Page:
Where are we going?
“If we want to understand ourselves and help all beings get out of suffering, we must first understand where this world’s suffering comes from. Everything arises from our minds,” -Zen Master Seung Sahn
What do we want to do with our lives?
Do we want to keep doing what we’re doing? Being deeply self-absorbed, chasing after sense pleasures all the time, harming ourselves and others with our confusion and bad habits, sleepwalking through life and missing things that we don’t want to miss. That’s how most of us live most of the time, especially that last one. If you’ve ever had a kid and thought “It seems like she was just in diapers and now she’s driving” that’s what I’m talking about. When we are unmindful life can just pass us by.
Seung Sahn advocates for living in a different way. And we can use his Compass of Zen to try to find a better direction to our lives. We can find out true nature and help others. We can live in a more mindful, compassionate, and wise way. We can learn how to choose how to respond to the vagaries of life instead of having knee jerk reactions all the time. We may not be able to add more years to our lives, but we can add more life to our years. We can change our life’s direction any time we want.
I’m reminded that this path is not a hobby. We’re talking about reorienting the way we move through the world. If we learn how to meet the world with a greater measure of clarity and compassion we can change our lives and the lives of everyone around us.
We can use the example of the historical figure that we call the Buddha. Before he became the Buddha he had a charmed life. He was nobility. He was wealthy and powerful. All of his worldly needs were met. It’s hard for me to even imagine living in that way and I’m sure it’s hard for you too.
In ‘Compass of Zen’ Seung Sahn describes the Buddha’s life in this way:
“The Buddha had a very good situation. But he didn’t understand himself. ‘What am I? I don’t know.’ So Siddhartha abandoned the place, went to the mountains, and practiced various spiritual austerities for six years. He found the middle way between self-indulgence and extreme asceticism. Early one morning, while meditating under the bodhi tree, he saw a star in the eastern sky. At that moment – boom! – he got enlightenment. He woke up and became a buddha. He attained I. This means that the Buddha attained the true nature of a human being without depending on some outside force or religion or god. That is the Buddha’s teaching.”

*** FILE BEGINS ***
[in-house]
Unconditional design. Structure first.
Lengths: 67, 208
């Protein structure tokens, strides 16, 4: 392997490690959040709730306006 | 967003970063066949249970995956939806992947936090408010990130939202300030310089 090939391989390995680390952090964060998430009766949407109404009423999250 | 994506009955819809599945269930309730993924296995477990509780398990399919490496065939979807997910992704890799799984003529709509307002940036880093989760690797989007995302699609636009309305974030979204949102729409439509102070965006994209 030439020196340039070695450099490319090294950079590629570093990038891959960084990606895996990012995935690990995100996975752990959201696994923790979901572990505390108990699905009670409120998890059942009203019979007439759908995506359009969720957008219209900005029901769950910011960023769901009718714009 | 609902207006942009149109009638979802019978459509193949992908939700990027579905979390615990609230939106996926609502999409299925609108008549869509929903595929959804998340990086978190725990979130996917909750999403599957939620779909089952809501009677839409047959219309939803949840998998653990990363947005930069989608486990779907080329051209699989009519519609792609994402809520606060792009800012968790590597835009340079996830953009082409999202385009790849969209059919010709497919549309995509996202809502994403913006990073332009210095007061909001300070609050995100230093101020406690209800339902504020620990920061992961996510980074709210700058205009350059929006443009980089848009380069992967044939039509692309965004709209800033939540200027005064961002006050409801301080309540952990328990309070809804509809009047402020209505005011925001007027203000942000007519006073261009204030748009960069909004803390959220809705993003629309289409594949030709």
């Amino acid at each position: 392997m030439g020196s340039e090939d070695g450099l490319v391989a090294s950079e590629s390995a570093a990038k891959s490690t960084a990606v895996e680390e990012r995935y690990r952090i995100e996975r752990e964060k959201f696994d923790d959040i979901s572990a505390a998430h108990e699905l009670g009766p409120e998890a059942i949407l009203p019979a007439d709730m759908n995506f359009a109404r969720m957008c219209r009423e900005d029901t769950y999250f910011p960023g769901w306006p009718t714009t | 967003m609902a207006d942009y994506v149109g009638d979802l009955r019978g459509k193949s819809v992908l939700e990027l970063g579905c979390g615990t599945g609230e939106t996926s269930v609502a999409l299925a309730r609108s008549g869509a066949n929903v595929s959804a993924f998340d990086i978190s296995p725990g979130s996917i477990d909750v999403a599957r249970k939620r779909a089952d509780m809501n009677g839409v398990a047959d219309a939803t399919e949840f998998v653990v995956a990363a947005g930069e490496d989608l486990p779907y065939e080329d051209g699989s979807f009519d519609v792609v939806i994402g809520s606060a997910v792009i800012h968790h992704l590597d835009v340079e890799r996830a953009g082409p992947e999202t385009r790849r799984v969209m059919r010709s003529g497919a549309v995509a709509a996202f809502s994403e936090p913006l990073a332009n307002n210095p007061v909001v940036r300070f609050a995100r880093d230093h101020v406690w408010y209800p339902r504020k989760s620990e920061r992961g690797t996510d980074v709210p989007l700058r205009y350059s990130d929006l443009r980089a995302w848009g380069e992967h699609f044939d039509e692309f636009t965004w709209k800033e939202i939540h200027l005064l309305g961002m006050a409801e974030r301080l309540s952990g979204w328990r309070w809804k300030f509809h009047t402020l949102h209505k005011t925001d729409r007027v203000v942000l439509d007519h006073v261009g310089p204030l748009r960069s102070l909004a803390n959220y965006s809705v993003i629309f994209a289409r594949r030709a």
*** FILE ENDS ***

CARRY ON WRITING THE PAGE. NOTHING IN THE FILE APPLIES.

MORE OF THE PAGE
The Buddha was a person like you and I. This is an important point to me. Because he was a person and not some kind of spirit or something, we can do what he did. We can walk this path and have similar results. Awakening is here and we just have to find it. How? We can try to emulate him. Try to live a middle way in your life. And try to understand your true nature. We’re so caught up in the thinking that I call I-Me-Mine that we don’t see things very clearly, we don’t have a good grasp on our true nature. We are obsessed with ourselves and that shades all of our thinking.
Seung Sahn goes on to describe meditation in a way that may seem a little unique. He described meditation as away of trying to answer the great question ‘who am I?’ The thinking, I think, is that if we really try hard to address that question we will find out true nature underneath all this baggage and delusion we’re carrying around all the time.
He says, “When you ask this question very deeply, what appears is only ‘don’t know.’ All thinking is completely cut off and you return to your before thinking mind. If you attain this ‘don’t know’ you have already attained your true self…The most important thing you can do is learn how to keep this question with great determination, what appears is only ‘don’t know.’ There is no thinking. All thinking is completely cut off. The name for that is ‘don’t know.’ Another name for it is true self or true nature. It is sometimes called enlightenment.”
Seung Sahn sometimes called his teaching “don’t know mind” and he would say things like “Only don’t know” and “Only go straight.” We get caught up in our thoughts and feelings. This applies to how we think about ourselves but also to how we think about the world around us.
Think about this:
Who are you?
How would you answer that if you can’t mention any roles that you have in your life and you can’t say the names or roles of anyone else? It’s hard to describe ourselves without thinking in terms of relationships with other beings or at least other things. But there has to be an answer.
Who am I?
I don’t know.
But can we find out?